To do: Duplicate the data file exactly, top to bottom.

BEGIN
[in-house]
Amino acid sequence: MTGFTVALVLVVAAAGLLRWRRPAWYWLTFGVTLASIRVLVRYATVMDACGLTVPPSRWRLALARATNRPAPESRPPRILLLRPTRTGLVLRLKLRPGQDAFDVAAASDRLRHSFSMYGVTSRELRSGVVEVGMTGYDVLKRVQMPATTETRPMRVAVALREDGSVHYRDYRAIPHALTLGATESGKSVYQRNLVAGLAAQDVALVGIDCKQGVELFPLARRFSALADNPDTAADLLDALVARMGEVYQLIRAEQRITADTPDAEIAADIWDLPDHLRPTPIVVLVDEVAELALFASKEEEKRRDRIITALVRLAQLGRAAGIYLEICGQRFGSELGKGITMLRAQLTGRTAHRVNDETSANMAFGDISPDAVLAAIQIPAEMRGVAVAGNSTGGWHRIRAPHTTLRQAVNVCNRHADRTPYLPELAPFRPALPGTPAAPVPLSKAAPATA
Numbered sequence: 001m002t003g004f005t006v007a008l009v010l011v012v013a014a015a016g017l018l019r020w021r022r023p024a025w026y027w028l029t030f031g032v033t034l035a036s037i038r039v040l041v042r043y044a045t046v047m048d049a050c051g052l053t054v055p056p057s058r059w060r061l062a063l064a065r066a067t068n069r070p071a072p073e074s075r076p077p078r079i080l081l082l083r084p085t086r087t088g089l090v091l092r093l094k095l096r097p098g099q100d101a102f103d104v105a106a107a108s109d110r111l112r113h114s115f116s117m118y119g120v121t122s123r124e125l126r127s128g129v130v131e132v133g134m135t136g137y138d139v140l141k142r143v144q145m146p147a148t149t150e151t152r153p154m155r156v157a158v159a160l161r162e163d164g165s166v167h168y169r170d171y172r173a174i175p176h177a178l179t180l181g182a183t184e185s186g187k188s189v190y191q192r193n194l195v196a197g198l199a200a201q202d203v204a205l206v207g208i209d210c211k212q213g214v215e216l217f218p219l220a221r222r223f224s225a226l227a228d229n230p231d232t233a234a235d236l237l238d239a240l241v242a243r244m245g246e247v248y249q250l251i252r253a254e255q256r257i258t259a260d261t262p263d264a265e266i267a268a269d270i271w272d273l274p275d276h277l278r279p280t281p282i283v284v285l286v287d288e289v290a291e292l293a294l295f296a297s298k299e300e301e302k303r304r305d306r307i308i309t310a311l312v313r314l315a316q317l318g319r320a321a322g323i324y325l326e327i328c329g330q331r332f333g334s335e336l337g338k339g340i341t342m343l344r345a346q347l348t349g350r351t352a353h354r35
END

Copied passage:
[in-house]
Amino acid sequence: MTGFTVALVLVVAAAGLLRWRRPAWYWLTFGVTLASIRVLVRYATVMDACGLTVPPSRWRLALARATNRPAPESRPPRILLLRPTRTGLVLRLKLRPGQDAFDVAAASDRLRHSFSMYGVTSRELRSGVVEVGMTGYDVLKRVQMPATTETRPMRVAVALREDGSVHYRDYRAIPHALTLGATESGKSVYQRNLVAGLAAQDVALVGIDCKQGVELFPLARRFSALADNPDTAADLLDALVARMGEVYQLIRAEQRITADTPDAEIAADIWDLPDHLRPTPIVVLVDEVAELALFASKEEEKRRDRIITALVRLAQLGRAAGIYLEICGQRFGSELGKGITMLRAQLTGRTAHRVNDETSANMAFGDISPDAVLAAIQIPAEMRGVAVAGNSTGGWHRIRAPHTTLRQAVNVCNRHADRTPYLPELAPFRPALPGTPAAPVPLSKAAPATA
Numbered sequence: 001m002t003g004f005t006v007a008l009v010l011v012v013a014a015a016g017l018l019r020w021r022r023p024a025w026y027w028l029t030f031g032v033t034l035a036s037i038r039v040l041v042r043y044a045t046v047m048d049a050c051g052l053t054v055p056p057s058r059w060r061l062a063l064a065r066a067t068n069r070p071a072p073e074s075r076p077p078r079i080l081l082l083r084p085t086r087t088g089l090v091l092r093l094k095l096r097p098g099q100d101a102f103d104v105a106a107a108s109d110r111l112r113h114s115f116s117m118y119g120v121t122s123r124e125l126r127s128g129v130v131e132v133g134m135t136g137y138d139v140l141k142r143v144q145m146p147a148t149t150e151t152r153p154m155r156v157a158v159a160l161r162e163d164g165s166v167h168y169r170d171y172r173a174i175p176h177a178l179t180l181g182a183t184e185s186g187k188s189v190y191q192r193n194l195v196a197g198l199a200a201q202d203v204a205l206v207g208i209d210c211k212q213g214v215e216l217f218p219l220a221r222r223f224s225a226l227a228d229n230p231d232t233a234a235d236l237l238d239a240l241v242a243r244m245g246e247v248y249q250l251i252r253a254e255q256r257i258t259a260d261t262p263d264a265e266i267a268a269d270i271w272d273l274p275d276h277l278r279p280t281p282i283v284v285l286v287d288e289v290a291e292l293a294l295f296a297s298k299e300e301e302k303r304r305d306r307i308i309t310a311l312v313r314l315a316q317l318g319r320a321a322g323i324y325l326e327i328c329g330q331r332f333g334s335e336l337g338k339g340i341t342m343l344r345a346q347l348t349g350r351t352a353h354r35